IT IS NOW 10 years since Sheila and Katherine Lyon disappeared. The girls, then 12 and 10, were last seen at the Wheaton Plaza Shopping Center on the day before Easter 1975. For many months people in this community watched intently for the children, relayed tips and information to the police and prayed for their parents, John and Mary Lyon. But Sheila and Katherine have not been found. Though their disappearance seemed at the time to be unique and horrifying, we know now that this kind of tragedy is widespread.

The National Center for Missing and Exploited Children, established by Congress in 1984 to be a clearinghouse for information on youngsters who have disappeared, estimates that 1.5 million children are reported missing each year. Two-thirds are runaways, and a large number of the others have been unlawfully taken by a parent to whom the courts have refused to award custody. The remainder, like the Lyon sisters, have apparently been abducted by strangers and are the most difficult to locate.

Public response to the search for missing children has been impressive. Photographs of children have been displayed on milk cartons, shopping bags, trucks, toll booths and even by members of Congress appearing on cable newscasts. Recently, the National Center, in cooperation with the private National Child Safety Council and the American Gas Association, announced a campaign to involve utilities in this work. Each month, photos of two children will be enclosed with gas bills mailed out in 42 states. The same children will be featured in every area of the country, and the pictures will be sent directly to 30 million households. Other utilities will be asked to make a similar effort. Only those children thought to have been abducted by strangers will be sought through this program.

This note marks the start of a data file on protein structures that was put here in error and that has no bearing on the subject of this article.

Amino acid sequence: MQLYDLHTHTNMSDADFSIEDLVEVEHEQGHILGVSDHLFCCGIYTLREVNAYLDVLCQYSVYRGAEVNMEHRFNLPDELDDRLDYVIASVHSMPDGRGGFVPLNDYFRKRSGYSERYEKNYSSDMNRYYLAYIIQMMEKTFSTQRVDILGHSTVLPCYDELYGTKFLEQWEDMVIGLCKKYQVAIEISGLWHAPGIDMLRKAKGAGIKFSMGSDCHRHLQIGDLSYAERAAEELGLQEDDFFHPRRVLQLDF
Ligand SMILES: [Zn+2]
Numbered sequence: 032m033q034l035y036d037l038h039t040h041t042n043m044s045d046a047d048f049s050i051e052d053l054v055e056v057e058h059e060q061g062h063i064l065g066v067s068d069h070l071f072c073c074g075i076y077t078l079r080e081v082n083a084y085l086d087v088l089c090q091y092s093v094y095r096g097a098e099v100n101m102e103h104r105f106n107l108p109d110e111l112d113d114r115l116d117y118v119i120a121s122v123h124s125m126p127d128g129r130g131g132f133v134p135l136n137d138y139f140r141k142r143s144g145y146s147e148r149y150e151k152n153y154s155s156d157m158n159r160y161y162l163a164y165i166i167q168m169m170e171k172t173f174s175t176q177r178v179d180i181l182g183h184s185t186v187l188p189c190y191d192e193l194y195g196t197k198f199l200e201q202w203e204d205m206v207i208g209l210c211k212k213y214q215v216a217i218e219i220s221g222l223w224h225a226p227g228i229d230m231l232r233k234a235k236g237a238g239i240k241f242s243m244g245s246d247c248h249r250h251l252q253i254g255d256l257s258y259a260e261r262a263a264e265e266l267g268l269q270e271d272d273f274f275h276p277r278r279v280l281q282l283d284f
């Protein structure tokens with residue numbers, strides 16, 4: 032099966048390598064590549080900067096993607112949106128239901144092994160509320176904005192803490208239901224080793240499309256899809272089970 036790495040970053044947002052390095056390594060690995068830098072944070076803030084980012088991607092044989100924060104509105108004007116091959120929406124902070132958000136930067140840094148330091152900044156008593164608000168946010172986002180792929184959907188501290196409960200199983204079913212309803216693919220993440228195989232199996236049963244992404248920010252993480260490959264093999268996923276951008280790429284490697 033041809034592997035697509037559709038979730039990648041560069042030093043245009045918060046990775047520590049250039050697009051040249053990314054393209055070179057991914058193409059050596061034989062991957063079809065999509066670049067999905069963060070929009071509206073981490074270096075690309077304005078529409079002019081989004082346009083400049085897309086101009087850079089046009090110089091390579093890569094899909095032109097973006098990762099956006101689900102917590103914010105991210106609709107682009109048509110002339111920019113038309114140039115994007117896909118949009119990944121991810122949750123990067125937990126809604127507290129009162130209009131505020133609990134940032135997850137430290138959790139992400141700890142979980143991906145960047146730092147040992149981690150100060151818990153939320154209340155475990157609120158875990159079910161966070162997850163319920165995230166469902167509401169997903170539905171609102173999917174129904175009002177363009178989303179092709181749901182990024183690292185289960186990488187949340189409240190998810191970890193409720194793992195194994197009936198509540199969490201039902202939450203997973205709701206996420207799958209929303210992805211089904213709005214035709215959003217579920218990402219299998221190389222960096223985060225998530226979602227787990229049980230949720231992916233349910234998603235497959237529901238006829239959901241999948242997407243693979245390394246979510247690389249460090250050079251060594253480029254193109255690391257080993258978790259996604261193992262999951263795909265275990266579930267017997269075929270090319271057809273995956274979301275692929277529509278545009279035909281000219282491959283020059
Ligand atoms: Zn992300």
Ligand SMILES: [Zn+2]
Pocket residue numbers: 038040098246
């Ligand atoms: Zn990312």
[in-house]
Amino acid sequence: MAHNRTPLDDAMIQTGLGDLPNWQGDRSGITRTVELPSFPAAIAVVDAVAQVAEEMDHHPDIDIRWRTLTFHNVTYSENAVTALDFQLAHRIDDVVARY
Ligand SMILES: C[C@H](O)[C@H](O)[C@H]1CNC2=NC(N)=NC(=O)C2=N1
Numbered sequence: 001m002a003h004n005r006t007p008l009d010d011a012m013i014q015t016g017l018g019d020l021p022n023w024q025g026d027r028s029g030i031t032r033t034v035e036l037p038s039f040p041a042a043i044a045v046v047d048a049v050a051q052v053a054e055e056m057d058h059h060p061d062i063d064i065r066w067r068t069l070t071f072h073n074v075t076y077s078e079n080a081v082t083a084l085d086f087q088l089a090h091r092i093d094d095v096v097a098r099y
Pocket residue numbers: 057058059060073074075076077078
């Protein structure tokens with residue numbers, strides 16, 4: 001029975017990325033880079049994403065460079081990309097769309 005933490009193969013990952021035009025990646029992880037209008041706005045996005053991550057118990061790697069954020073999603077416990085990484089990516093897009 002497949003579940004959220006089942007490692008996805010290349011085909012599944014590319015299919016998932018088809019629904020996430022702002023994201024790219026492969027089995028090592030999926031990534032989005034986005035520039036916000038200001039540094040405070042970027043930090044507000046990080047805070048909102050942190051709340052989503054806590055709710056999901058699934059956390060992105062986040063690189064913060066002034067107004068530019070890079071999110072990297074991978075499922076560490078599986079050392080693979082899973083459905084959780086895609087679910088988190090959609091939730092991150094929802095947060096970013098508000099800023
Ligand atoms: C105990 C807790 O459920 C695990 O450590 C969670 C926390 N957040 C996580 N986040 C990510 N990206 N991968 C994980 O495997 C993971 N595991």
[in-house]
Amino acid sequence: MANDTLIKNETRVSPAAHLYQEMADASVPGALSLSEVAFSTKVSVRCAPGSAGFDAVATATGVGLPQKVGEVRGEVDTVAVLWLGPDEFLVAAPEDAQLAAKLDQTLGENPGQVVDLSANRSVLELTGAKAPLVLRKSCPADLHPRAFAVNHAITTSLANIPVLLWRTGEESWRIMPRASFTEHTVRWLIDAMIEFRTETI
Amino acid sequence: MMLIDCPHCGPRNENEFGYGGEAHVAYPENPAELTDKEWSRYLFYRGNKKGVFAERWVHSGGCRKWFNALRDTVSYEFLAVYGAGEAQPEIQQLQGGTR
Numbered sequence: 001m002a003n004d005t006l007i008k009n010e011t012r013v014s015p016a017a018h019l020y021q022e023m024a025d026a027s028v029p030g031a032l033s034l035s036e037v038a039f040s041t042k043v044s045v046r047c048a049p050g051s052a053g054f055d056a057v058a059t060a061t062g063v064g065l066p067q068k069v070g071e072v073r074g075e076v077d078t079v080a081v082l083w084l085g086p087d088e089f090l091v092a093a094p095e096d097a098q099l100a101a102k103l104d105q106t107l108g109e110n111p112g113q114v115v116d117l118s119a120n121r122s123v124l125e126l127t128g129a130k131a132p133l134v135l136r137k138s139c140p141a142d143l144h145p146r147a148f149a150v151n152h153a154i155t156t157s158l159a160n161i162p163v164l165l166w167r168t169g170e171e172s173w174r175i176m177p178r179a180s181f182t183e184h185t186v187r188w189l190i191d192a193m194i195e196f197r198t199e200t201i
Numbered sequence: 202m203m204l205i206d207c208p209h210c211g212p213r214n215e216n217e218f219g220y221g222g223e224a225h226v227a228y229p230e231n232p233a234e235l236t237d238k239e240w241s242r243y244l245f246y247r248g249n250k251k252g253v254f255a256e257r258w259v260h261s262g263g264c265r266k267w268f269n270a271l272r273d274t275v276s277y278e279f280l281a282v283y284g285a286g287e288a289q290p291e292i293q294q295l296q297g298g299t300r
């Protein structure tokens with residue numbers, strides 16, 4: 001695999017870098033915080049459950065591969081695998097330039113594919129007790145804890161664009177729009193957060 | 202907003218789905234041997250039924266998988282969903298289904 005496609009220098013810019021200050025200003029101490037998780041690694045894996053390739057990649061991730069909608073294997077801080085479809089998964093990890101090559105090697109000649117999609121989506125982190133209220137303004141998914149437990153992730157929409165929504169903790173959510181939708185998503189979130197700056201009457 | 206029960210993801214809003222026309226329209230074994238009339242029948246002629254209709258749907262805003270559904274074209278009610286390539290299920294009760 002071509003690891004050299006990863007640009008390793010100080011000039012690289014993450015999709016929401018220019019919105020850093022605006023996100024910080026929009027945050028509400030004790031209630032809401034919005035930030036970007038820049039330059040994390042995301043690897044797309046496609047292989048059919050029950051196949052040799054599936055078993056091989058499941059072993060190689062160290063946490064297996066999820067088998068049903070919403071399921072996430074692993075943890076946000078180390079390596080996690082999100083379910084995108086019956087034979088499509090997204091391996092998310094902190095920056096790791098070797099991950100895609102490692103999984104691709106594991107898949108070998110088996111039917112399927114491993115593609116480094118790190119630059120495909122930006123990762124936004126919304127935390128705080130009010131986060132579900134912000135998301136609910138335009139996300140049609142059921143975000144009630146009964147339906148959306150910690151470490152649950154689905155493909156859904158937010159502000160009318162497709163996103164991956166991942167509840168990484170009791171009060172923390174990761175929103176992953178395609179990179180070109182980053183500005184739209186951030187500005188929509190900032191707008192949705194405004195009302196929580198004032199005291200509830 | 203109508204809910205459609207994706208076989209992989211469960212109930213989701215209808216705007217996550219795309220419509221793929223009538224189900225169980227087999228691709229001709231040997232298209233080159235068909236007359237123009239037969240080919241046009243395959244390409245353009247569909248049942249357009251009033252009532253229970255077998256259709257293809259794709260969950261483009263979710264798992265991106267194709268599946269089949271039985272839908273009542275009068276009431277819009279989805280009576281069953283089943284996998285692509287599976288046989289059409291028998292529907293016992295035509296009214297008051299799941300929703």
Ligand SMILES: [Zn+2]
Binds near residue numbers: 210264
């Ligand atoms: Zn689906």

Whether you are celebrating Passover, Easter or just the beautiful spring weather this weekend, the joys of family gatherings are multiplied when children are part of the celebration. The importance of efforts by public and private organizations and individuals to find missing youngsters is apparent to anyone who has ever loved a child. That work is now organized, imaginative and effective. It deserves broad support.